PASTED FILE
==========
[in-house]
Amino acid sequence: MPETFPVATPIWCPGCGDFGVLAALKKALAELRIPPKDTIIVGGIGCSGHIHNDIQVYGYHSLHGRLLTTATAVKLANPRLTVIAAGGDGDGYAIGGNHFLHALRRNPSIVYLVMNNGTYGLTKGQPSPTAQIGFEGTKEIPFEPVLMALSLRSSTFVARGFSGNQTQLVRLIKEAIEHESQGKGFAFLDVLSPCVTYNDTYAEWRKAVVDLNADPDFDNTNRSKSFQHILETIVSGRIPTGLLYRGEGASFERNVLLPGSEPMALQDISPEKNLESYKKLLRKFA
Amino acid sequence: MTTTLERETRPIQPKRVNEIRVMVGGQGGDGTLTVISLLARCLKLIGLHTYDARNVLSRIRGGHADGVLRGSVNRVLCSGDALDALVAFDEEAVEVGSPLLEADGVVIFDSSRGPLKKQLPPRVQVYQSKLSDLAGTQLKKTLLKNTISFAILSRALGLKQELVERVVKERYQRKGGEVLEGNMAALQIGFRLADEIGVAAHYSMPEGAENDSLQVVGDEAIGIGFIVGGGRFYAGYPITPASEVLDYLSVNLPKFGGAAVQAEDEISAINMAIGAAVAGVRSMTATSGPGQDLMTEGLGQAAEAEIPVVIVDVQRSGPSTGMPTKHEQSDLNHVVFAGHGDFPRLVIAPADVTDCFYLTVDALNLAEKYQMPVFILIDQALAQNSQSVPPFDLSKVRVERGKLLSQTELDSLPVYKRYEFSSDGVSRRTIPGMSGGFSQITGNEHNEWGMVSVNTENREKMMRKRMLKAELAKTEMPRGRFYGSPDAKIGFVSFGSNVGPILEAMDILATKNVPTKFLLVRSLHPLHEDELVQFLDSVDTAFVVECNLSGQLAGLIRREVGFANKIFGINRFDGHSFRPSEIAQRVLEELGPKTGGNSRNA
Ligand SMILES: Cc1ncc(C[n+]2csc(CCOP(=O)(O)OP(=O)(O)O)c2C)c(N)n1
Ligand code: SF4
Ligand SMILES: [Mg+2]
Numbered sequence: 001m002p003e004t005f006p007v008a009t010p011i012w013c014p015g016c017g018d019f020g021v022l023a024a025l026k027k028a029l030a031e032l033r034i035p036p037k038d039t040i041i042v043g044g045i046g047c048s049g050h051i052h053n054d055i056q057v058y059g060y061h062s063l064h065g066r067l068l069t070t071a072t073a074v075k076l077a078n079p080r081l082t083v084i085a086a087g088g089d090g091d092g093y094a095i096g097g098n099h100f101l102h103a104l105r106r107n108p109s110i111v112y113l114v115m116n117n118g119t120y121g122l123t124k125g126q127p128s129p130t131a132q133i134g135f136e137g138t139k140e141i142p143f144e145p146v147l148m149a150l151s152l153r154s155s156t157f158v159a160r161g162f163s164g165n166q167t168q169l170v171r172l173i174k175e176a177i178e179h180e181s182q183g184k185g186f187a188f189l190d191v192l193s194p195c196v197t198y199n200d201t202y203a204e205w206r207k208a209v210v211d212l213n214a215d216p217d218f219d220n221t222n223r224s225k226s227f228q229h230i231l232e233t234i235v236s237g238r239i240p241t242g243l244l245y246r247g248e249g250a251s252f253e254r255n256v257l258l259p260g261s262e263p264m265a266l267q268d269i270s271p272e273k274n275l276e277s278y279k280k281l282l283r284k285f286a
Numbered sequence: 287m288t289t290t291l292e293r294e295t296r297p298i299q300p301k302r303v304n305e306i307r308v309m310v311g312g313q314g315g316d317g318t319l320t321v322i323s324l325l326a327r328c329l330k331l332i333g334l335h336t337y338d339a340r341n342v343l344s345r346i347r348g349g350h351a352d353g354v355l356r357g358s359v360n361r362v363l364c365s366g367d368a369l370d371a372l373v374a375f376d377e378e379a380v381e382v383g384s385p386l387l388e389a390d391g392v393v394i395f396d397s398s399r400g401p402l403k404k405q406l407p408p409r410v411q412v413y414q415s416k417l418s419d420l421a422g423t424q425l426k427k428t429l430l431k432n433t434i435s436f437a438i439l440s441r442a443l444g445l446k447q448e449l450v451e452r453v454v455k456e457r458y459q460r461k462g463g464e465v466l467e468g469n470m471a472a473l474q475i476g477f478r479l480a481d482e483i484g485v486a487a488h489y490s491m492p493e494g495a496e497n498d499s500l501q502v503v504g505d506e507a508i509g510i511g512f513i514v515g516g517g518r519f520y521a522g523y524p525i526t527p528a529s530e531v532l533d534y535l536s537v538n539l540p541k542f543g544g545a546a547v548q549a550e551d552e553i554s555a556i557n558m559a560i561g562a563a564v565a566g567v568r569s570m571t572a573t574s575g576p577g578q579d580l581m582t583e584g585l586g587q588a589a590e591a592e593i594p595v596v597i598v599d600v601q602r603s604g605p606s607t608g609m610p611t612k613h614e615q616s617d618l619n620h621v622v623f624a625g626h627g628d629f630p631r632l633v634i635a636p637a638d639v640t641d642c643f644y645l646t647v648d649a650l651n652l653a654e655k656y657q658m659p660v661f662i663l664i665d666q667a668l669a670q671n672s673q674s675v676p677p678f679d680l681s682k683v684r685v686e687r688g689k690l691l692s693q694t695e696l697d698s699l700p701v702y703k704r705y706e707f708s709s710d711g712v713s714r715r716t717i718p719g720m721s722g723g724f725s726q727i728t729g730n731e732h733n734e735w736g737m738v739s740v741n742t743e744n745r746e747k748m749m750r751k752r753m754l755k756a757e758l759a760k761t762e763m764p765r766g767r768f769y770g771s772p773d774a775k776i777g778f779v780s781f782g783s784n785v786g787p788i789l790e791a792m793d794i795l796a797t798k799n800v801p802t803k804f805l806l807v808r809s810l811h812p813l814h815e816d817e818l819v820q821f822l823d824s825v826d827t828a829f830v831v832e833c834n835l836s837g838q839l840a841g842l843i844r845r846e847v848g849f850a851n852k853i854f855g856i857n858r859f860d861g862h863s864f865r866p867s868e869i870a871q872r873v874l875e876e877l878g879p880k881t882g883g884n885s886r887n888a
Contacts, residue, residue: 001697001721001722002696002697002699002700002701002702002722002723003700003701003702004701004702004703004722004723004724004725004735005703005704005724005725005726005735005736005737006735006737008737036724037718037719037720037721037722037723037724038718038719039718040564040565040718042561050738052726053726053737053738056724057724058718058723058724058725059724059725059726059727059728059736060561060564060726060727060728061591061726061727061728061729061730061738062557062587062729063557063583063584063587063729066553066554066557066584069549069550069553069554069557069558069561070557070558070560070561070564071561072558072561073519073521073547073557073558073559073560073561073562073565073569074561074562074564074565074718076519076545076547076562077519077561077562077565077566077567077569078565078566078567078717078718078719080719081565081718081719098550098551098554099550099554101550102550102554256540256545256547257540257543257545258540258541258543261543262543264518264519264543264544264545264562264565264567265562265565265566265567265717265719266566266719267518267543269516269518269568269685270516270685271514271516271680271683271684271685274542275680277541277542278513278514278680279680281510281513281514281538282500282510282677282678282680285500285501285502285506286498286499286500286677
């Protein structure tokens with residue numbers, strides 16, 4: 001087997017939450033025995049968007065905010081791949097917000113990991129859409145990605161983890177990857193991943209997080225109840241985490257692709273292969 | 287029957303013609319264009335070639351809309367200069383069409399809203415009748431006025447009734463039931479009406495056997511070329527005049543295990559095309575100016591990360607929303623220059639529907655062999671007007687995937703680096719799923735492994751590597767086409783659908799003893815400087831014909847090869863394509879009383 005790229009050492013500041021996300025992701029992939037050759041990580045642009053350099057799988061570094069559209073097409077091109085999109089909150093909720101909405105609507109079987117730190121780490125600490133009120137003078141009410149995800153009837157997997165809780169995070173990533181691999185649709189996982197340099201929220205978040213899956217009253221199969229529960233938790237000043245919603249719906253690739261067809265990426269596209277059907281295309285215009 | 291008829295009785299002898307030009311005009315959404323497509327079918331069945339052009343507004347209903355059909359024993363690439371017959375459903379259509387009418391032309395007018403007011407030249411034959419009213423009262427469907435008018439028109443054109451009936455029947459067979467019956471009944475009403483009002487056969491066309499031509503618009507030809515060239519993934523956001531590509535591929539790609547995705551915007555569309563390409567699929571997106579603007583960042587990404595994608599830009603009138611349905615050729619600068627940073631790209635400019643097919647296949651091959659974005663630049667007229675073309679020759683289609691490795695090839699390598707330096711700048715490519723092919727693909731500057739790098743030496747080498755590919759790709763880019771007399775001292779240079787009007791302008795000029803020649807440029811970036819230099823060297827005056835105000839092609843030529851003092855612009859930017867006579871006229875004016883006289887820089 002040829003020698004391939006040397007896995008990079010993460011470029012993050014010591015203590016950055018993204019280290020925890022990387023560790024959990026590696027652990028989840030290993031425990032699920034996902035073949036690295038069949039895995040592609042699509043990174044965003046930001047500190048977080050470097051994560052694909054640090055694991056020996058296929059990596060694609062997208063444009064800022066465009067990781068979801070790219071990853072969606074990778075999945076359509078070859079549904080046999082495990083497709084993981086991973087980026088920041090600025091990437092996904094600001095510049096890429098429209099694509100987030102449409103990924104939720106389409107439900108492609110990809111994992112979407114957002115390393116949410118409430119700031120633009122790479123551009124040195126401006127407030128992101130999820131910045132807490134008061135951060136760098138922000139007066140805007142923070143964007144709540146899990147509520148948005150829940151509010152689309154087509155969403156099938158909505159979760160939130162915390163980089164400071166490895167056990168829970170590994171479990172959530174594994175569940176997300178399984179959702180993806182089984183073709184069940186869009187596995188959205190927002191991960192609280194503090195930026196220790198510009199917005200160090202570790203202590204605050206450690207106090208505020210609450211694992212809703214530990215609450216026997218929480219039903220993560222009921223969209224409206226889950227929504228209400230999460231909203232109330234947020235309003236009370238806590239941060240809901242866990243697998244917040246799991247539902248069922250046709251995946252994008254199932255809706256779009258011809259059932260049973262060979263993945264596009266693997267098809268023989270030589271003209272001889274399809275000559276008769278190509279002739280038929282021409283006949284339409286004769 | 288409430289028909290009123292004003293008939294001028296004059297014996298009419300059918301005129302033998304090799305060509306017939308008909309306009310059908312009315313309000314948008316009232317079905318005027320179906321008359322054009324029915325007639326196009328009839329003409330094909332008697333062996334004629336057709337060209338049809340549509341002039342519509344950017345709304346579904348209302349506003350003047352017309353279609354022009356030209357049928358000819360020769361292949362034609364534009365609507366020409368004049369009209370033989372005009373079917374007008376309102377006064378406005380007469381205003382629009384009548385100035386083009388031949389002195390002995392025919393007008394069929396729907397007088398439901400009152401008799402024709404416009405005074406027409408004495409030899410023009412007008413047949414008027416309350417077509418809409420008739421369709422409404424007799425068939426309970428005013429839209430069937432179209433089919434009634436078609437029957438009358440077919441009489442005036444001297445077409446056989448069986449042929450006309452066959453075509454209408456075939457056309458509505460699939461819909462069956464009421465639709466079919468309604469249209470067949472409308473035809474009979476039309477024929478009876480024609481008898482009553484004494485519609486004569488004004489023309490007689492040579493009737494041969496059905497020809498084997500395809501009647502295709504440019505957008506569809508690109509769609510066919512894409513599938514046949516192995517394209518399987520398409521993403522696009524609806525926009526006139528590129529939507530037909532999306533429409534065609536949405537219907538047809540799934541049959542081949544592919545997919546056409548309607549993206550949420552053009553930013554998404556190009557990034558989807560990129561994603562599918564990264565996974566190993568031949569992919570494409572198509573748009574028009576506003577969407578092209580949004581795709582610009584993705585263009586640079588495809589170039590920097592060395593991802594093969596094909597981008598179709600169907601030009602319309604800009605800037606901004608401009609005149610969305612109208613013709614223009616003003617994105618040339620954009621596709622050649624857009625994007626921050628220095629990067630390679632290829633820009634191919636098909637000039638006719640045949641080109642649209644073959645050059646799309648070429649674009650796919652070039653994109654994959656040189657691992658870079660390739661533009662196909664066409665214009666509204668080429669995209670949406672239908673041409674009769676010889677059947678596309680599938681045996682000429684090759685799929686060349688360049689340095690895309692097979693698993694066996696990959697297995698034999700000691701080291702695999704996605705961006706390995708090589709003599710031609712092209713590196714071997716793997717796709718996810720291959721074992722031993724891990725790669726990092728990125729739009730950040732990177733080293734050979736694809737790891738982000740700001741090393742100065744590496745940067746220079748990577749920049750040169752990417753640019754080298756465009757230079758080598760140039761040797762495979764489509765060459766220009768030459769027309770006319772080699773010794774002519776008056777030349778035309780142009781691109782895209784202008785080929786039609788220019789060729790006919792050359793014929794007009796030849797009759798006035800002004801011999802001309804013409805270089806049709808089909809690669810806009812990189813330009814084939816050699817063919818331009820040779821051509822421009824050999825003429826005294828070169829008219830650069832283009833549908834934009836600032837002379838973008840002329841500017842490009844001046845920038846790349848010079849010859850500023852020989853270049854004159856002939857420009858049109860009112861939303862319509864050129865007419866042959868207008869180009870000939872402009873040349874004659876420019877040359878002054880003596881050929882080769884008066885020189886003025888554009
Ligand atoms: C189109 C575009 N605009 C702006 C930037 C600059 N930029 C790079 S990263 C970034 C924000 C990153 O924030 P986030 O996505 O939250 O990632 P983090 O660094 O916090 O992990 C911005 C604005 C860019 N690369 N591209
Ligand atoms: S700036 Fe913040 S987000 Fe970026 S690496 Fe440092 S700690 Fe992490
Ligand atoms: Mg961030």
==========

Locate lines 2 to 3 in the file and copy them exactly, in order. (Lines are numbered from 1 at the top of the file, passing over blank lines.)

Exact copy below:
Amino acid sequence: MPETFPVATPIWCPGCGDFGVLAALKKALAELRIPPKDTIIVGGIGCSGHIHNDIQVYGYHSLHGRLLTTATAVKLANPRLTVIAAGGDGDGYAIGGNHFLHALRRNPSIVYLVMNNGTYGLTKGQPSPTAQIGFEGTKEIPFEPVLMALSLRSSTFVARGFSGNQTQLVRLIKEAIEHESQGKGFAFLDVLSPCVTYNDTYAEWRKAVVDLNADPDFDNTNRSKSFQHILETIVSGRIPTGLLYRGEGASFERNVLLPGSEPMALQDISPEKNLESYKKLLRKFA
Amino acid sequence: MTTTLERETRPIQPKRVNEIRVMVGGQGGDGTLTVISLLARCLKLIGLHTYDARNVLSRIRGGHADGVLRGSVNRVLCSGDALDALVAFDEEAVEVGSPLLEADGVVIFDSSRGPLKKQLPPRVQVYQSKLSDLAGTQLKKTLLKNTISFAILSRALGLKQELVERVVKERYQRKGGEVLEGNMAALQIGFRLADEIGVAAHYSMPEGAENDSLQVVGDEAIGIGFIVGGGRFYAGYPITPASEVLDYLSVNLPKFGGAAVQAEDEISAINMAIGAAVAGVRSMTATSGPGQDLMTEGLGQAAEAEIPVVIVDVQRSGPSTGMPTKHEQSDLNHVVFAGHGDFPRLVIAPADVTDCFYLTVDALNLAEKYQMPVFILIDQALAQNSQSVPPFDLSKVRVERGKLLSQTELDSLPVYKRYEFSSDGVSRRTIPGMSGGFSQITGNEHNEWGMVSVNTENREKMMRKRMLKAELAKTEMPRGRFYGSPDAKIGFVSFGSNVGPILEAMDILATKNVPTKFLLVRSLHPLHEDELVQFLDSVDTAFVVECNLSGQLAGLIRREVGFANKIFGINRFDGHSFRPSEIAQRVLEELGPKTGGNSRNA